dfp_header_hidden_string

Get our free email newsletter with just one click

Hansel and Gretel review at Brentwood Theatre Essex

by -

Taking over the reins from director Ray Howes, Joseph Walsh adds to the theatre’s reputation as a festive family favourite – Brentwood’s 12th consecutive in-house Christmas production.

Rekindling the simple pleasures gained from imaginative storytelling, each of the cast quartet take turns to play narrator, shrewdly breaking the story down into bite-sized courses.

Often bent double, Charlotte Bradford’s wicked witch is straight out of Disney, with a villainous voice, yet her costume lacks that added sinister aura.

Returning to Brentwood, Hannah Douglas brings an ideal mix of bossiness and initiative as Gretel, alongside Stephen O’Rian’s naive, gorging Hansel. Paul Tonkin comes alive when leaving the father figure behind to become the clumsy, animated mouse, a real hit with young spectators.

Utilising the audience as part of the forest, David Zelly’s foldaway set morphs with ease from domestic kitchen scene to gingerbread abode, secreted in the woodland. While Ian Southgate’s catchy musical numbers, such as We’re Not Scared of the Dark and What I Really Enjoy is a Boy, add to his fine lyrical repertoire.

Parents would be wise to sprinkle breadcrumbs on their way out, for this cleverly repackaged Grimm’s fairytale will enchant a new generation enough to return.

Production Information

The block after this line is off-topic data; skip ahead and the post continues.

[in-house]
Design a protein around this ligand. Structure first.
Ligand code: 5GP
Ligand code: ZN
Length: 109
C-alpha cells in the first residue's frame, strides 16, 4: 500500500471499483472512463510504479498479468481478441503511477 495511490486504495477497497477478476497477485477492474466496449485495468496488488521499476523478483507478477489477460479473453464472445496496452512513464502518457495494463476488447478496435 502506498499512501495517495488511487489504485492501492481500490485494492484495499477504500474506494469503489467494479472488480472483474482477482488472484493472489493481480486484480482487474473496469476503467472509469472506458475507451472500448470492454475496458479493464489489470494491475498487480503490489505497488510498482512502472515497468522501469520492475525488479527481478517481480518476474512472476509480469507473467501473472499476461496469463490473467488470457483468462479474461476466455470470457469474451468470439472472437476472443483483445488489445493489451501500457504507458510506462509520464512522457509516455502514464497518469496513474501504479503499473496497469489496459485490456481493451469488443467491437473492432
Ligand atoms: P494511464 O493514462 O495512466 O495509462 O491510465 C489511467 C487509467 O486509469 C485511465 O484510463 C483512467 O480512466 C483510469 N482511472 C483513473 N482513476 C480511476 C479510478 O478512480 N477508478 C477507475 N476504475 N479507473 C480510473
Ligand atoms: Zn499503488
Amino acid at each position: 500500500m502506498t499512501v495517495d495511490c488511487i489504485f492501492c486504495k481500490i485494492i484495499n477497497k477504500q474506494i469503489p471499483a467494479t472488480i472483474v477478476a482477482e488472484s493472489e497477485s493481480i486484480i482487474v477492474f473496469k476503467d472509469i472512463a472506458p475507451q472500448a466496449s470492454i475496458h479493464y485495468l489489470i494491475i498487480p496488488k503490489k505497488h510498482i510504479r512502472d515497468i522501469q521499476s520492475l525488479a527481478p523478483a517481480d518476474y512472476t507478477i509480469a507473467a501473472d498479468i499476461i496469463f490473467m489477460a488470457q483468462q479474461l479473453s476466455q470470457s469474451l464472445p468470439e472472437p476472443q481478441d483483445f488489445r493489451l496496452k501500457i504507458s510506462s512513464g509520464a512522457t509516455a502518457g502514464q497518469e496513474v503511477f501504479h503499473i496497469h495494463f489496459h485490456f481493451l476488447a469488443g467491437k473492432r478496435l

Brentwood Theatre, Essex, December 9-29

Author
Mike Kenny
Director
Joseph Walsh
Producers
Brentwood Theatre Company, Vivid Musical Theatre
Cast includes
Hannah Douglas, Stephen O’Rian, Paul Tonkin, Charlotte Bradford
Running time
1hr 50mins

We need your help…

When you subscribe to The Stage, you’re investing in our journalism. And our journalism is invested in supporting theatre and the performing arts.

The Stage is a family business, operated by the same family since we were founded in 1880. We do not receive government funding. We are not owned by a large corporation. Our editorial is not dictated by ticket sales.

We are fully independent, but this means we rely on revenue from readers to survive.

Help us continue to report on great work across the UK, champion new talent and keep up our investigative journalism that holds the powerful to account. Your subscription helps ensure our journalism can continue.

Subscribers to The Stage get 10% off The Stage Tickets’ price
^